Preguntas

Question of the week: Caló y Spanglish

When you’ve been blogging for a while, you realize something. People quit blogging all the time. Some of my favorite bloggers no longer post or took long breaks from their blogs. They’re off becoming attorneys or working on their dreams of becoming professional writers. Sometimes, we just realize that we shared too much and need to take a step back.

Anyway, one of my favorite bloggers was the <a href="http://dailytexican.blogspot.com/&quot;Daily Texican. He stopped blogging when he moved to Seattle for law school a few years ago. One of my favorite DT features was the “cholo word of the day.” DT defined Caló, Spanglish, or common Spanish phrase (e.g., chota, Entiendes Mendez). He’d also use the words/phrases in clever sentences and translate them for non-Chicana/o consumption. I loved the translations.

In honor of DT, I’m focusing the QOTW on Caló and Spanglish.

La Pregunta: Do you use Caló and/or Spanglish words/phrases in your daily life? What’s your favorite Caló and/or Spanglish word/phrase(s)? If you’d like, define the word/phrase a la DT (see above for an example).

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11 thoughts on “Question of the week: Caló y Spanglish

  1. I miss DT and his cholo word of the day! I was just thinking about his blog the other day.

    In regard to the question, I use calo all of the time. One of my favorites is wechala.

  2. “Yes, Cara de Apio?”

    This is what my good friend Lucio says, every time he means
    “Yes, Can I help you?”

    He tells us that when he first moved to the U.S. he worked for a florist and his boss used to always ask his customers, “Yes can I help you?”

    One day, his boss stepped out and an Anglo customer came in, so Lucio had assist by phrasing his question the only way he phonetically knew how.

    He stepped to the counter and said, “Yes, Cara de Apio?” and the customer was taken care of. LOL

    This of course is our greeting to him, every time he calls us on the phone. “Lucio! – Cara de Apio?”

  3. “Yes, Cara de Apio?”

    This is what my good friend Lucio says, every time he means
    “Yes, Can I help you?”

    He tells us that when he first moved to the U.S. he worked for a florist and his boss used to always ask his customers, “Yes can I help you?”

    One day, his boss stepped out and an Anglo customer came in, so Lucio had to assist him by phrasing his question the only way he phonetically knew how.

    He stepped to the counter and said, “Yes, Cara de Apio?” and the customer proceeded to place his order and was taken care of. LOL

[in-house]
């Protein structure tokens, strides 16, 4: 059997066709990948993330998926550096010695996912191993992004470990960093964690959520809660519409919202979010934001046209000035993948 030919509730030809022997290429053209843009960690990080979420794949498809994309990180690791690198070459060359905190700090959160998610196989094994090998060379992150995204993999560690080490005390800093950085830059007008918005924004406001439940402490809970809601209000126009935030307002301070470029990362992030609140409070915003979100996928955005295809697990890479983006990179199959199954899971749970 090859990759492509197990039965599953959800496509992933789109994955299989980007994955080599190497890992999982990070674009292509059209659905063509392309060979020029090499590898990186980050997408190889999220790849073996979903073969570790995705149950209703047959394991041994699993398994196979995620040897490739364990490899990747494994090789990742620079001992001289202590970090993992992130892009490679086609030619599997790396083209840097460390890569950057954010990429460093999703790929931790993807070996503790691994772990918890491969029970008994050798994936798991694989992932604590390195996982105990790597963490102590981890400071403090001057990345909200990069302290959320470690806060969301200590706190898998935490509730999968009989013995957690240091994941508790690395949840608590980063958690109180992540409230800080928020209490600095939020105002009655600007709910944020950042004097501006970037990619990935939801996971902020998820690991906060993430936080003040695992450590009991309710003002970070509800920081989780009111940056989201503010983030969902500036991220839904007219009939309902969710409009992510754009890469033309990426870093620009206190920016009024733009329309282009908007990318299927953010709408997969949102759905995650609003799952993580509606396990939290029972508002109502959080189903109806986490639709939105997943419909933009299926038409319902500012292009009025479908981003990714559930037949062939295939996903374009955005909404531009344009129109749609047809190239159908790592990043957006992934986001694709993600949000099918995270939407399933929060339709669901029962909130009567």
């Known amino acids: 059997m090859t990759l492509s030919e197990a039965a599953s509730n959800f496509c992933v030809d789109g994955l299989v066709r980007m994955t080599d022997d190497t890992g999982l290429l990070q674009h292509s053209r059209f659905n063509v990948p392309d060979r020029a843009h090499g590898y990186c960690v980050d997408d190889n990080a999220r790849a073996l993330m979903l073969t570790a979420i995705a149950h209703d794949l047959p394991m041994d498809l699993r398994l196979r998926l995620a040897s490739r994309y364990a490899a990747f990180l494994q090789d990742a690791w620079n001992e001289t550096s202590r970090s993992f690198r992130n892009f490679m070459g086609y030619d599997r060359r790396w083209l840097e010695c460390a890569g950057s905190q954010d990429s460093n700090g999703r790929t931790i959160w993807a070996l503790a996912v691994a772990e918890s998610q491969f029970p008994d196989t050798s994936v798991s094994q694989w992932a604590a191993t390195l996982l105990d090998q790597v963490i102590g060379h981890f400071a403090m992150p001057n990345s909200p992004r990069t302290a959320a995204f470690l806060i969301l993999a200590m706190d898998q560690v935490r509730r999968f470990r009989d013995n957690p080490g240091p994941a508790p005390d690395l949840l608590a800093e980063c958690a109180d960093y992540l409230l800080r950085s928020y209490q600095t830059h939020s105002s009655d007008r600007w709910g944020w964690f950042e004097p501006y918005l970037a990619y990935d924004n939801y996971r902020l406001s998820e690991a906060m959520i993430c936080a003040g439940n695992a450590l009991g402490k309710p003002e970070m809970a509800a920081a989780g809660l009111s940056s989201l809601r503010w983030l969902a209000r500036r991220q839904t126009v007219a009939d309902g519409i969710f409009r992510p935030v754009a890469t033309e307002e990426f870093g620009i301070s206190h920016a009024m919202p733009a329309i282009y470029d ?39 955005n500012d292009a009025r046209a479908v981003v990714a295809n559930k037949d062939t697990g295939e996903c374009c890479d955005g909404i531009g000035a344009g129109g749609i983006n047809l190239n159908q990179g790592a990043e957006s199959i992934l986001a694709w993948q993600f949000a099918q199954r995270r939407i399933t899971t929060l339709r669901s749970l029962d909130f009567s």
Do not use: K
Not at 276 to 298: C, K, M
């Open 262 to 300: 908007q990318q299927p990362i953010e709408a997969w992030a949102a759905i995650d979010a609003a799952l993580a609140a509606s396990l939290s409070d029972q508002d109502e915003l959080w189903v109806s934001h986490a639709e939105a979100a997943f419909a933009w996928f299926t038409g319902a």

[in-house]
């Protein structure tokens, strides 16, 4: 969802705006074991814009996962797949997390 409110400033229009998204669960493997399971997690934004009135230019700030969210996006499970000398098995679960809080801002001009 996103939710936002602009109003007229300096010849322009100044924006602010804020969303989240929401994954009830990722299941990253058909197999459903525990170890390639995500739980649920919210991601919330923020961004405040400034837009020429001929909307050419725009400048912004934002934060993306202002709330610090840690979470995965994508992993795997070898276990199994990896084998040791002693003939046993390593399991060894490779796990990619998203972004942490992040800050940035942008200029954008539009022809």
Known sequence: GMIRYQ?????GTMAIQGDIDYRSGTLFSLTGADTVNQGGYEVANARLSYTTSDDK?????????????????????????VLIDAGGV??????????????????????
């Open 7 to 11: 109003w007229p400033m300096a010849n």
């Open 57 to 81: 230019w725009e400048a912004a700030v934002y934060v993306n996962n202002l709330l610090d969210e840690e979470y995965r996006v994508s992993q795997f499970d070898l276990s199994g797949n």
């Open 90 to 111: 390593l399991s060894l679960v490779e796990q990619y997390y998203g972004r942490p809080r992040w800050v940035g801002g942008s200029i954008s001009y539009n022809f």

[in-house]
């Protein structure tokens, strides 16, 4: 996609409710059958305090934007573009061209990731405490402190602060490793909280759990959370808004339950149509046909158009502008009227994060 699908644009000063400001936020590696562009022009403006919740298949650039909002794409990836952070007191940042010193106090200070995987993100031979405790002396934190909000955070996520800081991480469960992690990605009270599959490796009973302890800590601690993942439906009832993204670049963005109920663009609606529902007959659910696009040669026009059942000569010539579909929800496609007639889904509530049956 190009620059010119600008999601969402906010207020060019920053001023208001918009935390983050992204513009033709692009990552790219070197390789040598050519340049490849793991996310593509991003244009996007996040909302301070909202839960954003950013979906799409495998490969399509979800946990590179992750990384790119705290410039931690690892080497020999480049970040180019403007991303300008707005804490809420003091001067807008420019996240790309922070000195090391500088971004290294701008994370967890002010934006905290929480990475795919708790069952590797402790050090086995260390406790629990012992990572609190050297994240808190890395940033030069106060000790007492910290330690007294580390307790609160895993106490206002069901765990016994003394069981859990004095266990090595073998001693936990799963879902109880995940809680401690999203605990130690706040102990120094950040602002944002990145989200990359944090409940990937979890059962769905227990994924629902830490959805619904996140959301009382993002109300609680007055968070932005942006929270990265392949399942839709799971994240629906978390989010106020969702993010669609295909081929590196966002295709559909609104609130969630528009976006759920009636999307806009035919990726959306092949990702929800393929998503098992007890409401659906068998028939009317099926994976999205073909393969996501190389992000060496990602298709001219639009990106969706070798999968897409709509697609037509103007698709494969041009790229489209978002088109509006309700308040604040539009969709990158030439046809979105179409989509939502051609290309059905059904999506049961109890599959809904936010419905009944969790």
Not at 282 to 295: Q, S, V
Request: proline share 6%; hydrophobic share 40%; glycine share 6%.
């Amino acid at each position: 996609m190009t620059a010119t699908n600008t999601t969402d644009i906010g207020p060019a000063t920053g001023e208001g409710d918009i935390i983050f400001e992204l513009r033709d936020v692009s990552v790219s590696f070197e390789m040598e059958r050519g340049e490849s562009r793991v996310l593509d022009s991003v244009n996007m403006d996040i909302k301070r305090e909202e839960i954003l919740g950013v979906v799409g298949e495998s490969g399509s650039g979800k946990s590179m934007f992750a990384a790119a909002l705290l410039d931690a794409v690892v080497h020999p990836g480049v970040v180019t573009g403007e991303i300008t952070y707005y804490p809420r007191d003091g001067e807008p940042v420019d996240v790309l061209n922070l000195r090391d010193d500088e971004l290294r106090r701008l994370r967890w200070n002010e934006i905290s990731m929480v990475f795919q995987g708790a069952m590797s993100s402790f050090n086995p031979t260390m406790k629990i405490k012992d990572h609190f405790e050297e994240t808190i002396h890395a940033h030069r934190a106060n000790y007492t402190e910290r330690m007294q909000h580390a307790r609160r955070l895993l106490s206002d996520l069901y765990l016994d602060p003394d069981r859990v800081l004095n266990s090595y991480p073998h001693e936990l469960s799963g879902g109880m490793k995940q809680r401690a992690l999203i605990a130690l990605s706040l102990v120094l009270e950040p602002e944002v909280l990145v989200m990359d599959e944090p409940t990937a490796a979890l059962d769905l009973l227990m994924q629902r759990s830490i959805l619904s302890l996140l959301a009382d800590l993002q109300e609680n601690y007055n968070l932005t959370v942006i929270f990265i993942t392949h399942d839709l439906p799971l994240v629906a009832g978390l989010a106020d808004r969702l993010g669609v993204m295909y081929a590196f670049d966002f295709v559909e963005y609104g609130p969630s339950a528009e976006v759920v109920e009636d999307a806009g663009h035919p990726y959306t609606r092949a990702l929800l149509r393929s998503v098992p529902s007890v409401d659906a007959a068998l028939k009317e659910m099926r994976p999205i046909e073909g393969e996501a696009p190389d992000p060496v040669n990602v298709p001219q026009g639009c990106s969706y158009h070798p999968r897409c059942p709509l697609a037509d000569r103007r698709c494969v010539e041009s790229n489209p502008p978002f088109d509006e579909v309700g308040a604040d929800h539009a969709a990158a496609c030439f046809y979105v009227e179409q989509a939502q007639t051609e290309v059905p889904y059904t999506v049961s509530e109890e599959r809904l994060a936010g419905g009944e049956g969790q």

This of course is our greeting to him, every time he calls us on the phone. “Lucio! – Cara de Apio?”

  4. i was recently thinking of the word “Norteado” and how we often use it to meen that we are disoriented. like when you go into a building and than forget which way is the exit. I was thinking why “norteado,” and if it has anything to do with coming to ‘el norte’ and feeling lost.

    okay, is not calo. “simon que yes” i say it now and then.

  5. mo says:

    How about chingators? Does that qualify? I need to use that one more. Or are we talking more like “Ajoo-ah!” That one I use to scare my chamacas in the middle of a good banda song.

  6. I miss DT’s cholo words of the day too. They always made me laugh. I’ve never heard anyone else say this, but I love saying “give me the cheese” … as in, dame el chisme.

  7. Veronica says:

    My husband is a pro at calo and since my family is from Mexicali..spanglish is is secound nature for us…

    si ya sabanas pa que cobijas…osea… si ya sabes para que preguntas

    Entiendes Mendez o te esplico Federico is his fav…

    He also likes to say ” dichos” I HATE when he does… it gets on my last nerve…

    His favorite…. Eres como dijo Chalino…. eres mas vatayosa que aser gargaras boca abajo…WHATEVER!

  8. chingao! (as in ‘oh my god’)

    sabes chavez? (do you understand me? you know… right?)

    que pues cara de nuez? (what’s up nut face?)

    sabee? (from Pirates of the Carribean, Capt Jack asked ‘Sabee?’ As in ‘You know right? OR like sabes chavez)

  9. Chingao as ‘oh my god’ P? That’s a first.

    Ones I use most often are:

    “Aver a que horas” when someone is taking long at something and I want to rush them.

    “Uno que es chingon” pretty much whenever I feel like I excelled at something and want to gloat.

    “Pos oyeme” same as above.

    “Pareses nuevo” when someone does something stupid and I want to make fun of them.

    …and of course other vulgar, sexist, or ‘referenced to some homosexual act’ phrases as well…but I will leave those out for now.

  10. I do have to admit that I like using, “simón, ese!” (expressing agreement)
    And another guilty pleasure I like to use is, “Ay te watcho.” (see ya later)
    I know that these phrases are rather common, but I love them!

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